The Pelican Nebula In Dual Narrowband – 11/10/2018
Another Dual-Narrowband offering this time, again from last October. This is a closeup of part of the Pelican Nebula – an H2 region associated with the North America nebula in Cygnus. This area is particularly rich in Hydrogen Alpha emissions, with some lovely structure to be found. Again, the combination of the Hydrogen alpha with the OIII highlights some lovely detail. Of particular note here is a small detail at the top of the longest thinnest tendril coming off the main structure in the bottom right. If you look closely, there are some OIII jets pointing backwards, making it look like an arrow. These are produced by a newly-formed young star that’s sitting behind the dark cloud, so even though we cannot see the star itself, we can see some of its effect on it’s surroundings.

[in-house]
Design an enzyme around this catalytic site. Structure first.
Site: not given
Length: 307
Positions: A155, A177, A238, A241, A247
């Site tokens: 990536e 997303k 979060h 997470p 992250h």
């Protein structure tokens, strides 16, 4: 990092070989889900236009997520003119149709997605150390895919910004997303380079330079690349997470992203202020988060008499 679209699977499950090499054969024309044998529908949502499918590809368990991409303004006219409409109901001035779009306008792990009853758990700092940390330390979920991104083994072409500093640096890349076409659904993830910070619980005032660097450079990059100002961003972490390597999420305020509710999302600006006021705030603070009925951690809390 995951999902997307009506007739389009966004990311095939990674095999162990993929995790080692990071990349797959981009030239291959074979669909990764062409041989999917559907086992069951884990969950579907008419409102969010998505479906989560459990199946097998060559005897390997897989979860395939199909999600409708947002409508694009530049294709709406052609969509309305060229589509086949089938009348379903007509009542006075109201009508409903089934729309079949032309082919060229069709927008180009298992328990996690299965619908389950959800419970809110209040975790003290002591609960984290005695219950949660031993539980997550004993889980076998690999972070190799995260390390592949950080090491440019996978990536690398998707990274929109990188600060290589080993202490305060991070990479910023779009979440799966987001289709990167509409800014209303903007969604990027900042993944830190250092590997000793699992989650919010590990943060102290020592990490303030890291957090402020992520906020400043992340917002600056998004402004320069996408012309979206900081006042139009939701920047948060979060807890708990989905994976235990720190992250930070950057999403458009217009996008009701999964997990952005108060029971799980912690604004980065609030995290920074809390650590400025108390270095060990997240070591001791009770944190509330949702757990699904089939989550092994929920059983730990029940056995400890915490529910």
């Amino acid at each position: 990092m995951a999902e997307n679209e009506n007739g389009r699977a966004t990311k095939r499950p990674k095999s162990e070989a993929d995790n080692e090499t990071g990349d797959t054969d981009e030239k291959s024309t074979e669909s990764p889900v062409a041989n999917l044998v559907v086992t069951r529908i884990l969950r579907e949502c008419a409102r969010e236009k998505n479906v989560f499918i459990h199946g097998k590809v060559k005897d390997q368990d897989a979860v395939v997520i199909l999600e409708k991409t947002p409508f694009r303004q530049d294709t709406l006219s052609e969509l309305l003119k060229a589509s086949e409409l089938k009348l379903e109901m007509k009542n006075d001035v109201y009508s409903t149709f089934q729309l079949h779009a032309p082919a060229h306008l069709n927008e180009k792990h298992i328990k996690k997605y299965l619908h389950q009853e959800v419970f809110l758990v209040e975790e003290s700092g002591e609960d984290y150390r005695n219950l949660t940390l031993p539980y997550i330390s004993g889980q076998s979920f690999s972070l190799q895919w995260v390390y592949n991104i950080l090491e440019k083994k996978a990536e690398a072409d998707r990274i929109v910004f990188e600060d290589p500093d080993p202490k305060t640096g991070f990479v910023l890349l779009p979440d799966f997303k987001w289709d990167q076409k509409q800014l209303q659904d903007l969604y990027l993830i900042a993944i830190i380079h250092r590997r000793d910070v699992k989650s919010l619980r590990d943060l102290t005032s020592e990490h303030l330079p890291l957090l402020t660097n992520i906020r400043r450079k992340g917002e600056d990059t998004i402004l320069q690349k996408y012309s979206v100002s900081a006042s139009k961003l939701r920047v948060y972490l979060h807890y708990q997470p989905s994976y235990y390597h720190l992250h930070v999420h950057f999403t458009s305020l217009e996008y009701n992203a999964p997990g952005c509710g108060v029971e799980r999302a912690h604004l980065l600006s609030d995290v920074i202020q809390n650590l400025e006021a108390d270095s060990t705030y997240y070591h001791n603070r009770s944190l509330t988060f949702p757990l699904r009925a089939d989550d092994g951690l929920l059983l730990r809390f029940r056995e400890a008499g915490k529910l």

The approximate framing of the image can be seen in the screenshot on the left, with the smaller square showing the field of view of the Atik Chip when used with the Altair 102ED refractor I used to capture it. As I’ve previously mentioned, I find SkySafari absolutely invaluable in planning an evening’s capture target(s). I’ve recently made the move to Sequence Generator Pro for my capture, due to a home-brew auto-focuser becoming part of my setup, and the currently better support for that within SGP when compared to APT. However, both are still fantastic applications, with APT offering incredible value for money.
As usual at the moment, the initial processing was done in MaximDL (stacking, stretching etc), as well as the combination of the Ha and OIII images. This was followed up with work in Photoshop, where I brought the Ha in as an additional luminance layer to preserve the detail. Final polishing then done in Lightroom CC Classic.
Here are the geeky details…